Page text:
MADRID (Reuters) - Spain is studying the issuance of so-called “green bonds” to help businesses fund reforms necessary under the government’s environmental plan, Economy Minister Nadia Calvino told Reuters in an interview on Wednesday.
“Spain has a very ambitious approach to tackling climate change and we wish to be at the very vanguard of the ecological and energy transition. This requires large investment volumes and we are studying the possibility of issuing green bonds, among other means,” Calvino said from her office in Madrid.
Spain’s state run Official Credit Institute (ICO) would oversee the bonds’ issuance, she said.
The Spanish Socialist government said in February that it had earmarked 47 billion euros ($53 billion) in public investment over the next 10 years as part of its effort to become carbon neutral by 2050.
“These bonds would fund investment in areas such as renewable energy and energy efficiency, or sustainable water and land management, all elements of our National Energy and Climate plan, currently subject to public consultation,” she said.
The state-backed bonds would help companies leverage private investment, Calvino said, though she did not say how much would be invested or which companies could opt into the plan.
The economy minister also said that the government has asked the European Stability Mechanism for permission to repay early another part of the country’s 2012 bank-bailout rescue. Spain received nearly 42 billion euros in rescue funds and has around 24 billion euros left to pay back.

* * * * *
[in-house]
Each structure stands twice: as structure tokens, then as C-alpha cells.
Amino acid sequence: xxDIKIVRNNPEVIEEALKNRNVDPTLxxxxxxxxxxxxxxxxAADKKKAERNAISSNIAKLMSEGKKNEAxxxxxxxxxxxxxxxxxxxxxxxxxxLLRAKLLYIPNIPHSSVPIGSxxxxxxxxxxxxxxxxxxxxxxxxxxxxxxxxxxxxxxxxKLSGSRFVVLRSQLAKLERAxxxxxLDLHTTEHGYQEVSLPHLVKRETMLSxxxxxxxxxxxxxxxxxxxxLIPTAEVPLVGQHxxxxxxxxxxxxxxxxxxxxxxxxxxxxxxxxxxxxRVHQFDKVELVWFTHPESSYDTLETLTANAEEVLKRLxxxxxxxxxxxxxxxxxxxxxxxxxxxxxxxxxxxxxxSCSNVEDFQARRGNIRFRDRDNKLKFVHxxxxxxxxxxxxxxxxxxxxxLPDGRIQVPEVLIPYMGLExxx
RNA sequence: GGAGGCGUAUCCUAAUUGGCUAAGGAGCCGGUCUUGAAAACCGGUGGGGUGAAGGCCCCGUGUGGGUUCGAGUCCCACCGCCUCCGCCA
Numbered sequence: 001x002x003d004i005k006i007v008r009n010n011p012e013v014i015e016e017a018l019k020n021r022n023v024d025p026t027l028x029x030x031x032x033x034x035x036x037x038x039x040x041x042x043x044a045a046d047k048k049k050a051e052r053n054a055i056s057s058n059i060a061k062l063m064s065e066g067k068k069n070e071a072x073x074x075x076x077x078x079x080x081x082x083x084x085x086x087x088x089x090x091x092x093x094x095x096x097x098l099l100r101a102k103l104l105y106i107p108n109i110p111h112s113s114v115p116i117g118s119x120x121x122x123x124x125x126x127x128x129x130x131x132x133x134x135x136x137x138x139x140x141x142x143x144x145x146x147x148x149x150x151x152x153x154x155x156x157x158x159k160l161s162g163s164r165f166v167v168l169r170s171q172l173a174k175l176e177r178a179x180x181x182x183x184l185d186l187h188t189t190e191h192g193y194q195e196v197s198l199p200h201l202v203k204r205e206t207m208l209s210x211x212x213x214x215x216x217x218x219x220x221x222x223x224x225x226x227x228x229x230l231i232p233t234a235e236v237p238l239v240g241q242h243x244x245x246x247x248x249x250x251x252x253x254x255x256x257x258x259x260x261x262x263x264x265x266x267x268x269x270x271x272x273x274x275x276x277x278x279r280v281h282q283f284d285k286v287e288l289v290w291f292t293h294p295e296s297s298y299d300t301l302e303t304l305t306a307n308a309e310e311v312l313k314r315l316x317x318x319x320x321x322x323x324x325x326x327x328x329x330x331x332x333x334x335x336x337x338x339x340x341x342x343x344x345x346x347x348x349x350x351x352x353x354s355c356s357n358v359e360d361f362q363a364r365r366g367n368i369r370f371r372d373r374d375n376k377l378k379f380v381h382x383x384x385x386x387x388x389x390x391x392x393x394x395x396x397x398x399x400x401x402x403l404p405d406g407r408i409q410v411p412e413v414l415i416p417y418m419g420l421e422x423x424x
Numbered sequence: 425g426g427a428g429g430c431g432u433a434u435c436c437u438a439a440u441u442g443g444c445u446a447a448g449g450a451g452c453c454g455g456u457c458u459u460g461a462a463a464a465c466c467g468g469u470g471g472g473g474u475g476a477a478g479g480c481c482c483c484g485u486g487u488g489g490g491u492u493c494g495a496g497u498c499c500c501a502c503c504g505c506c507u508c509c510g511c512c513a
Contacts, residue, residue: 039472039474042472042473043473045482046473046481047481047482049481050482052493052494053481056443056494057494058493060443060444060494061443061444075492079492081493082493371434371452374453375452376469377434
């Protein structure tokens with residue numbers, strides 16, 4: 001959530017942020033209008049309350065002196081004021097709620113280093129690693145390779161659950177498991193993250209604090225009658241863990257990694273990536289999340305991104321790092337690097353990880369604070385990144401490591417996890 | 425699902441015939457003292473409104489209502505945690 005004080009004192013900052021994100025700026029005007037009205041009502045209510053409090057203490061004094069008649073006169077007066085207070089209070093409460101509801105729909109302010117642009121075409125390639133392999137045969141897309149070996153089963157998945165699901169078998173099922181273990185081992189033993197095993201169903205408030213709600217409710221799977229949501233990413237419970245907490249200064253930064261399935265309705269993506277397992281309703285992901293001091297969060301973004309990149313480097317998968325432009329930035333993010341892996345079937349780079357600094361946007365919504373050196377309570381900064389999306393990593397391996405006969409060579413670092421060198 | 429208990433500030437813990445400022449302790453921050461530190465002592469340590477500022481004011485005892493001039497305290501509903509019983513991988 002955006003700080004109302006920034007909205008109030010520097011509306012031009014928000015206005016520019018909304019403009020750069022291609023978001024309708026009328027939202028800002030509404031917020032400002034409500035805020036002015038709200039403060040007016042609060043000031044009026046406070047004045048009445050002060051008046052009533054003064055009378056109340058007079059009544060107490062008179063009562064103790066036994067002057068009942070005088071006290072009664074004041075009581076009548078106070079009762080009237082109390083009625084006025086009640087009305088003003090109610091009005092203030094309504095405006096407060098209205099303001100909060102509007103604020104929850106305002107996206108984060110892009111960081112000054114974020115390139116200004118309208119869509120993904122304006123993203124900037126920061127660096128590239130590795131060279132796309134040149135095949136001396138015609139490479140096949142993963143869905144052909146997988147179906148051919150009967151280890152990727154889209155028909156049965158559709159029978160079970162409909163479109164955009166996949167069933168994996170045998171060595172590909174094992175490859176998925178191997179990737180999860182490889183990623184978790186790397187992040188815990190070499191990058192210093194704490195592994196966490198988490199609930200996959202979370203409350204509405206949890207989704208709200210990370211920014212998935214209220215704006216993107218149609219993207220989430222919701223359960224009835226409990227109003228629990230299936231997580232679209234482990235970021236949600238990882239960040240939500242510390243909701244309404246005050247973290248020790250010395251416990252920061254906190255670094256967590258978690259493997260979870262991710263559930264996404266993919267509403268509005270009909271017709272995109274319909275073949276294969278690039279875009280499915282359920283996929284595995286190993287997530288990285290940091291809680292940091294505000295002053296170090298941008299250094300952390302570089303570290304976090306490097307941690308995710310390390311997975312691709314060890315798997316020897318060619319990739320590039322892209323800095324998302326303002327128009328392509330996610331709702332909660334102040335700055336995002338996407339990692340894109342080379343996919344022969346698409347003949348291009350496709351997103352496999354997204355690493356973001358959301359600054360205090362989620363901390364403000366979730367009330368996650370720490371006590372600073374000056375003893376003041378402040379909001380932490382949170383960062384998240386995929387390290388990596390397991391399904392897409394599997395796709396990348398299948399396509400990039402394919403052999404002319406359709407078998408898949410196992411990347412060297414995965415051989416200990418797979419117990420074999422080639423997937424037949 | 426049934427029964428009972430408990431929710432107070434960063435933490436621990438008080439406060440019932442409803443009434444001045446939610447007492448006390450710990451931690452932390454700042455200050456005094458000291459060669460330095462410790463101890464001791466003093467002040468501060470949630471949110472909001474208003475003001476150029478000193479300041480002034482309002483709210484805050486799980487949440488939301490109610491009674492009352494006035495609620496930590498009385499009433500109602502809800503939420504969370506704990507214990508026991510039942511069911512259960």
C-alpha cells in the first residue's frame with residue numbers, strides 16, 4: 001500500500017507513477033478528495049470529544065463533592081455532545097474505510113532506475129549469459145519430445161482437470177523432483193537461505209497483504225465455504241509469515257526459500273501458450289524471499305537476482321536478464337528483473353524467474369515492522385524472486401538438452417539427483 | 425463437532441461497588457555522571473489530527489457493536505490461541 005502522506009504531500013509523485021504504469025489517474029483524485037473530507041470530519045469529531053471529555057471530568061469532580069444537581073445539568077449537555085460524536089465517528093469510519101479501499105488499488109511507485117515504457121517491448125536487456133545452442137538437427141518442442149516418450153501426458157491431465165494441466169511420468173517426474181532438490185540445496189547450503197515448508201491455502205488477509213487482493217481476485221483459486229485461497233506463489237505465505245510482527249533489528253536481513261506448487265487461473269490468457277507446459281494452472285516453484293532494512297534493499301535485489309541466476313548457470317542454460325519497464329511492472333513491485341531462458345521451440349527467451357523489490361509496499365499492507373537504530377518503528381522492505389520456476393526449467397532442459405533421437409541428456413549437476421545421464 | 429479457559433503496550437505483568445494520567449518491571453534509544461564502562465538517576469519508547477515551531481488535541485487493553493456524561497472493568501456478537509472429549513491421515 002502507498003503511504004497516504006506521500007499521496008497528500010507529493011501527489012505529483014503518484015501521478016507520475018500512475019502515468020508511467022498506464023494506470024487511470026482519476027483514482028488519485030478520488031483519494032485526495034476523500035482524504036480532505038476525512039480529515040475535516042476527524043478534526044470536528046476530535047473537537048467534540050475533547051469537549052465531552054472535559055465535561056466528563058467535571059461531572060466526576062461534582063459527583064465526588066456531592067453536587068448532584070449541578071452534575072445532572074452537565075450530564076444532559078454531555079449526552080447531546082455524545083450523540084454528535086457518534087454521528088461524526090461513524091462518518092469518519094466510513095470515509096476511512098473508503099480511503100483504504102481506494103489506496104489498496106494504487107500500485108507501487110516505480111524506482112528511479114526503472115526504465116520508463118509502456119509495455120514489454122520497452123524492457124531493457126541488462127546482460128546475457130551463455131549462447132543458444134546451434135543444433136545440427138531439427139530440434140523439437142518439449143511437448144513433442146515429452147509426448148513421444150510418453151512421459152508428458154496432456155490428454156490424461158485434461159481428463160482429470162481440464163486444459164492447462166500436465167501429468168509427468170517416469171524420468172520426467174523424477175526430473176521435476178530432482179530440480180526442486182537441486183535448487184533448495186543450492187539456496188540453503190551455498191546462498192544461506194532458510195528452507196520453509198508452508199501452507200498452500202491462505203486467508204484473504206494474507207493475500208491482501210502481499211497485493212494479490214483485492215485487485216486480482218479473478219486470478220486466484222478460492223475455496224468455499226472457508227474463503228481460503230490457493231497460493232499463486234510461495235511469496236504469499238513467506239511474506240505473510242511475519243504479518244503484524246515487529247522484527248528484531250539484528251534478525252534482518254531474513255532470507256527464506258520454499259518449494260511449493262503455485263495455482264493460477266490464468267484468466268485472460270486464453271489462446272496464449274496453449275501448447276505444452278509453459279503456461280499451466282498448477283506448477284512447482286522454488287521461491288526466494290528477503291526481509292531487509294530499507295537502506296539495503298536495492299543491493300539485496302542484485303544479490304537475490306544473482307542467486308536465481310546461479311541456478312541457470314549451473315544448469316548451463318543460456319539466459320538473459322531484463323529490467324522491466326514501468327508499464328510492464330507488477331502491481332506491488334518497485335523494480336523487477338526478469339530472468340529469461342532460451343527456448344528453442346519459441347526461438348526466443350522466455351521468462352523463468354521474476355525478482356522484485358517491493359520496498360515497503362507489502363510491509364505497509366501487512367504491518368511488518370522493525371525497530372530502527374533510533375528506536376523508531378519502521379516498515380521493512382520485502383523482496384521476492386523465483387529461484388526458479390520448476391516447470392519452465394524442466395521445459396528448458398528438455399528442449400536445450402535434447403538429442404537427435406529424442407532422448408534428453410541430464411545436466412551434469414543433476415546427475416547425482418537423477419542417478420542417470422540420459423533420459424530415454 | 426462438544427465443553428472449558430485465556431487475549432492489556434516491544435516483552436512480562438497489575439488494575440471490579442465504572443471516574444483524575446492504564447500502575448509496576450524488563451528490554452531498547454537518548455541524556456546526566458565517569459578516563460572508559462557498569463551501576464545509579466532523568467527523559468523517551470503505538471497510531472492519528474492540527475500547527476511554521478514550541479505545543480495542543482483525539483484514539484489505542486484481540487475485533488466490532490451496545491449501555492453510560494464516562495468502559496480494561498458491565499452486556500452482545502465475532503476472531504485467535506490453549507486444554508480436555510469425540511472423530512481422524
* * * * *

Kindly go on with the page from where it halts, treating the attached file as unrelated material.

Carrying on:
Spain plans to issue 35 billion euros in debt in 2019, and Calvino says it will reduce this figure if the economic situation allows.
Prime Minister Pedro Sanchez called a general election for April 28 after his minority government failed to garner support for its 2019 budget. Calvino is the only one of his 17 ministers who does not plan to run for reelection.
She stressed her commitment to reducing Spain’s budget deficit and debt levels in coming years if Sanchez is elected to form a government. Reforms in education and training are the top economic policy priorities for the next government, she said.
Spain has the second highest unemployment rate in Europe, which stood at 14.5 percent at the end of 2018. It has struggled to pass labor market reforms that address high levels of seasonal unemployment and low-paid, temporary work.
Writing by Paul Day; Editing by Axel Bugge and Peter Graff